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Saving for College in Trust Accounts: Types of Trusts and How They Work

By — John Wiley & Sons, Inc.
Updated on Jul 26, 2010

No two trusts are alike in every respect. Different grantors, beneficiaries, and fiduciaries make sure this is the case. Individual provisions make the variations even more pronounced. And that doesn't even begin to touch the wide variety of types of trusts that are available: living trusts, grantor-type trusts, irrevocable inter vivos trusts, testamentary trusts, and so on. The list is lengthy, and each serves a particular purpose. Still, some basic types of trusts may be particularly appropriate for you when saving for your children's college education.

Investigating Inter Vivos Trusts

If you're so fortunate as to remember some of the Latin you learned in school, you know that "inter vivos" refers to a period during life. In the case of these trusts, it's during your life. Inter vivos trusts are created by you (the grantor) during your lifetime, to hold assets for another person. These trusts can be revocable (you can change your mind at any time and do away with it, taking back all the assets that you've placed in it) or irrevocable.

Living And Other Grantor-type Trusts

A so-called living trust is probably the most talked-about trust variety in the media these days. Everyone and his brother is touting these trusts as a way to avoid probate and even estate taxes, and they're generally being sold as the greatest thing since sliced bread. In reality, a living trust is an entity that you set up, fund, and then retain total control over. You have the right to revoke the trust at any time as long as you're still alive — once you die, all bets are off. All trusts become irrevocable at the death of the grantor. Because you retain control over the assets, you're taxed on any income earned by this trust just as if you never put it into the trust.

As a college savings vehicle, a living trust really doesn't make much sense. Here are a few reasons why:

  • When the financial aid folks come around counting your assets, whatever is in this trust is counted as your asset and a maximum of 5.64 percent of the value will be included in the federal formula for the expected family contribution.You haven't successfully removed it from the mix.
  • Even if you make a distribution to your child to pay for his college expenses, you still have to pay the annual income tax bill on the income you've earned in the current year (just like you've been paying every year since you set up the trust).
  • If you're the type of parent that wants your child to really understand how much this education is costing, and you hand your child a check and tell him to use it to pay his expenses (fortunately for you, he's a good kid and does what he's told), you've just made a gift to him that may have gift tax consequences.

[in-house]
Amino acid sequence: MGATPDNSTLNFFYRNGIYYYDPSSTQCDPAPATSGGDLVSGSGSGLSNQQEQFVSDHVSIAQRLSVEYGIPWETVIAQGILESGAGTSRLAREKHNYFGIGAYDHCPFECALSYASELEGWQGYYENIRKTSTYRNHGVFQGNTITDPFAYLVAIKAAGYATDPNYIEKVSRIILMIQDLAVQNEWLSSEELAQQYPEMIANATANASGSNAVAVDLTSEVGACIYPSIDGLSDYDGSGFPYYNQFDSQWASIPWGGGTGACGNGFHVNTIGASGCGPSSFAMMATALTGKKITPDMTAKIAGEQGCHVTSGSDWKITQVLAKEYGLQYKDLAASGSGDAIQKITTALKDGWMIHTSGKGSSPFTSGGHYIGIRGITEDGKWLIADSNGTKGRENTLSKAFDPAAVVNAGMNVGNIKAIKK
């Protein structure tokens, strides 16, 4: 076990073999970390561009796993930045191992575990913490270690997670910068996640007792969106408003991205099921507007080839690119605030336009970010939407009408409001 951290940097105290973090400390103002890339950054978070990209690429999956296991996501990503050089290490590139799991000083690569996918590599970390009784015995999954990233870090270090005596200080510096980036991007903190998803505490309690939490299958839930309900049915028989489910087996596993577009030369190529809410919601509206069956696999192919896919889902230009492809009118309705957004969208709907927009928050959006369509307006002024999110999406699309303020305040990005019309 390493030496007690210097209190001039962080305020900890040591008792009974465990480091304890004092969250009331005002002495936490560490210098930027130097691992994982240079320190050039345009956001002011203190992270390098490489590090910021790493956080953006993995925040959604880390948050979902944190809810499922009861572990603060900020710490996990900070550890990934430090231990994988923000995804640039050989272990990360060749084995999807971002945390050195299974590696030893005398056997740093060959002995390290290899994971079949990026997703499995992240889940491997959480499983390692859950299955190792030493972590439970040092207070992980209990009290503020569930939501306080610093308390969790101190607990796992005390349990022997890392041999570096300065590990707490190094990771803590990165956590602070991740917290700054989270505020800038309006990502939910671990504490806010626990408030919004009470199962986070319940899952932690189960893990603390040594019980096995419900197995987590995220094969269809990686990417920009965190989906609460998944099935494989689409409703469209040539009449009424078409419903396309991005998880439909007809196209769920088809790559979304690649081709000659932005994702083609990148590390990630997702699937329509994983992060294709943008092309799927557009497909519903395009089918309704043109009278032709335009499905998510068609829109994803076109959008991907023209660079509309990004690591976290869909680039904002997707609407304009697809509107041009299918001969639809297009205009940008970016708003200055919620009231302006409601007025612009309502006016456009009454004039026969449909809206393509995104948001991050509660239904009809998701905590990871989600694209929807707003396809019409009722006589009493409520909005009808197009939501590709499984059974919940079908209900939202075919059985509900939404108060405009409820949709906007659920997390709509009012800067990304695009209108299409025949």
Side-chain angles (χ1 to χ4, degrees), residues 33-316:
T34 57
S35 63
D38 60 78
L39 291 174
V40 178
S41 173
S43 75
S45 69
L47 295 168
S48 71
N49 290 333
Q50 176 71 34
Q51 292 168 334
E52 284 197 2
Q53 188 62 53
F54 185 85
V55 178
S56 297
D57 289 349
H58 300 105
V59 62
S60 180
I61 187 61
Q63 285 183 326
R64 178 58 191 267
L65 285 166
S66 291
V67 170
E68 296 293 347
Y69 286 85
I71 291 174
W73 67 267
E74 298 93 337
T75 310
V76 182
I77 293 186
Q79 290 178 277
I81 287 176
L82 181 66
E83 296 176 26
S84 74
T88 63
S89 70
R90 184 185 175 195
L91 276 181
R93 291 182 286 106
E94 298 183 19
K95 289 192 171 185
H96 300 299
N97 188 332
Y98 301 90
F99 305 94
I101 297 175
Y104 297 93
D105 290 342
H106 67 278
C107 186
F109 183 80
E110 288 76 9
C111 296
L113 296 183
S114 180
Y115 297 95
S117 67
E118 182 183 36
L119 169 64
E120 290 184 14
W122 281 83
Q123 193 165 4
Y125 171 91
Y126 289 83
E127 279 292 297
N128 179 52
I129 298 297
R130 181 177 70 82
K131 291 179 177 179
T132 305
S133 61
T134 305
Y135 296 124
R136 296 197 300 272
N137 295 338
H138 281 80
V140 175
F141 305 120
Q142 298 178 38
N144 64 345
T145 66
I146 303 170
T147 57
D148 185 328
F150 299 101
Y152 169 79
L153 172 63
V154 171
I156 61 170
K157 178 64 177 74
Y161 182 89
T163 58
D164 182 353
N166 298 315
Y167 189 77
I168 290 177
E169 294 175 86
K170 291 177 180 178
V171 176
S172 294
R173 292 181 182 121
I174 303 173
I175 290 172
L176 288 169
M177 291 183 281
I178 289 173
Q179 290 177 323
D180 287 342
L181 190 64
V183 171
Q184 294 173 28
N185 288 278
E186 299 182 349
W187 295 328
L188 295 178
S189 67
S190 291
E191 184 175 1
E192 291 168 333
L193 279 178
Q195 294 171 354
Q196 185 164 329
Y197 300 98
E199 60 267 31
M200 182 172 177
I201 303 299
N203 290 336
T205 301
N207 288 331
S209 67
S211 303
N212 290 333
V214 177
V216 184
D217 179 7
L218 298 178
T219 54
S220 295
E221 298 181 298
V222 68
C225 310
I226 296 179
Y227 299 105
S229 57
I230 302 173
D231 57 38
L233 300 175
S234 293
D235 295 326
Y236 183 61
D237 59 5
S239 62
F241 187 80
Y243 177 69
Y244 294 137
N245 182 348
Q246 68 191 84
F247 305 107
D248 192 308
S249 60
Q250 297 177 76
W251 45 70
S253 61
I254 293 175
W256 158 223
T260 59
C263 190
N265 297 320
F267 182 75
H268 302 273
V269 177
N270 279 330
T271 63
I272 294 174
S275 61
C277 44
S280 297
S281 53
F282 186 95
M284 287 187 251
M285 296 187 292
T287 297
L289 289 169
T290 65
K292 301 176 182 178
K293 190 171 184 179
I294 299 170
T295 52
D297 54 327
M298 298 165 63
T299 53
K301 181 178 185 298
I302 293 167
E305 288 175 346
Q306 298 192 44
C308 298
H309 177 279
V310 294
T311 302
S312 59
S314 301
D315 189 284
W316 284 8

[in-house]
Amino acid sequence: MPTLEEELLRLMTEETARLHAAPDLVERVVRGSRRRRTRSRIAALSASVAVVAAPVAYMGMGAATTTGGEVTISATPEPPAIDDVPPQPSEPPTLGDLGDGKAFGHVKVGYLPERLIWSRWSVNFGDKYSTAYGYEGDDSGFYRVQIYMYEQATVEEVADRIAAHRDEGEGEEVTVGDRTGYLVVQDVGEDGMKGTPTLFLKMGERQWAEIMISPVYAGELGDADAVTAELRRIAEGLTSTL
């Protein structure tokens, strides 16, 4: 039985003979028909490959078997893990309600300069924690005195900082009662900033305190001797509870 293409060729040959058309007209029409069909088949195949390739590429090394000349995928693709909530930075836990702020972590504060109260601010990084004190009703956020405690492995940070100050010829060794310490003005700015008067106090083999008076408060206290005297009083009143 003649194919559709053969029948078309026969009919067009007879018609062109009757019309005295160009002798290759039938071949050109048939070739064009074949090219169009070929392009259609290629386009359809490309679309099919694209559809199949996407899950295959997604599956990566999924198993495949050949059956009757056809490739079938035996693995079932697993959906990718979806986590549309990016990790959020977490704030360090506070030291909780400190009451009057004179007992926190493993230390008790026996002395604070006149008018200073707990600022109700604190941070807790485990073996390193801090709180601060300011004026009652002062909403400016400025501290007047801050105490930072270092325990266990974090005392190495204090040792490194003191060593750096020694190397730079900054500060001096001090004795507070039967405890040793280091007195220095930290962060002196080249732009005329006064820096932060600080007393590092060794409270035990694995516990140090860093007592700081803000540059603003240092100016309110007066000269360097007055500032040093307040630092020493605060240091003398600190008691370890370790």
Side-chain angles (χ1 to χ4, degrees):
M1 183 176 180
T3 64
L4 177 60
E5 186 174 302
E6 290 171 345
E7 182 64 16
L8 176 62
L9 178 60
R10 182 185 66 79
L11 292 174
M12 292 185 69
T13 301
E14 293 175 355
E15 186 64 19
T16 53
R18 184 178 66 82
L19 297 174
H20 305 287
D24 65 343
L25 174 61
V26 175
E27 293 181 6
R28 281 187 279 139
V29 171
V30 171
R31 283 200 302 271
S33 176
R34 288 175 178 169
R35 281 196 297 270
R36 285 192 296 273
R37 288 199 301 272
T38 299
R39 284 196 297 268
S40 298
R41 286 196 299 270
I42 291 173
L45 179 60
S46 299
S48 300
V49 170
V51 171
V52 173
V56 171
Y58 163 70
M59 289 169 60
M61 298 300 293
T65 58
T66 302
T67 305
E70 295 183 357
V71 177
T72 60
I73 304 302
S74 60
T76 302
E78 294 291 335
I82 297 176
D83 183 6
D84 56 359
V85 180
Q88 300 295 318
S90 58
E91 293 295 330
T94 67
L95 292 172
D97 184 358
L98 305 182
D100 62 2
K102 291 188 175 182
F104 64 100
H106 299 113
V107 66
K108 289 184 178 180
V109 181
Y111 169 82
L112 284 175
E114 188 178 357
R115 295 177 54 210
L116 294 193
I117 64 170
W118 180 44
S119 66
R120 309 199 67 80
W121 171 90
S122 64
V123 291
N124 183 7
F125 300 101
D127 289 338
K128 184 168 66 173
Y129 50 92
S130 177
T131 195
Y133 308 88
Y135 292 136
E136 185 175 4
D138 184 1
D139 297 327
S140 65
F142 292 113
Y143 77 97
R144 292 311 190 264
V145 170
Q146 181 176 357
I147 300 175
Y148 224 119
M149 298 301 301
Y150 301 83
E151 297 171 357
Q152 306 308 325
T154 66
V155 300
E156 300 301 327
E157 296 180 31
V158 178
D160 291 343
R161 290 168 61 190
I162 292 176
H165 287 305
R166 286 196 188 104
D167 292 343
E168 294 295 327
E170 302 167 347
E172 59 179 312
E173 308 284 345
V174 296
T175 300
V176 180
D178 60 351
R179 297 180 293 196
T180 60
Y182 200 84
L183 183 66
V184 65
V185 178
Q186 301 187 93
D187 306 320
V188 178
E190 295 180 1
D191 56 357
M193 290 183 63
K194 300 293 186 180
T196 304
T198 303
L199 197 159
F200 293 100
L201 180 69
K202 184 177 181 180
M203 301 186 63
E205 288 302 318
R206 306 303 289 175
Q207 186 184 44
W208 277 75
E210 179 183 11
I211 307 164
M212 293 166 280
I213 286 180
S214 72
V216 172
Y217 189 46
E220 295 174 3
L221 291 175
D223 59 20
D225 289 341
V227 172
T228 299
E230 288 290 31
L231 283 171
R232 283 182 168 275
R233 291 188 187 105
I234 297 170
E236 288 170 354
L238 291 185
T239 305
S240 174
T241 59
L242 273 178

Irrevocable Inter Vivos Trusts

Although many financial planners use the term inter vivos trust interchangeably with living trust or grantor trust, you can create an inter vivos trust that is irrevocable. And it's with irrevocable trusts that you begin to see some benefits of using trusts to save for future events.

With an inter vivos irrevocable trust, any assets that you put into the trust represent a gift to the person for whose benefit you've created the trust, even though that person may not receive any benefit from the money either now, or ever. And here begins the tricky legal waltz you'll dance, because, in order to receive annual exclusion treatment for the gifts you're making, you have to make a completed gift of a present interest.

A completed gift of a present interest contains two essential aspects: First, it consists of property over which you've given up all dominion and control, and second, the person to whom you've given the property must receive immediate benefit from that property (a present interest). Because, in the case of a trust, you're not actually putting the money into the beneficiary's hands, most contributions to ordinary irrevocable inter vivos trusts don't qualify as annual exclusion gifts and become subject to gift tax (and Generation-Skipping Transfer Tax for gifts to grandchildren) rules and regulations. Even though your control over the gift is severed, your beneficiary doesn't receive any current benefit from it.

Although making taxable gifts into an inter vivos trust isn't necessarily a bad tax move, if you're in the position to be able to gift money away, you really want to be able to benefit from the annual gift exclusion. Three types of trusts allow you to take advantage of this particular tax break.

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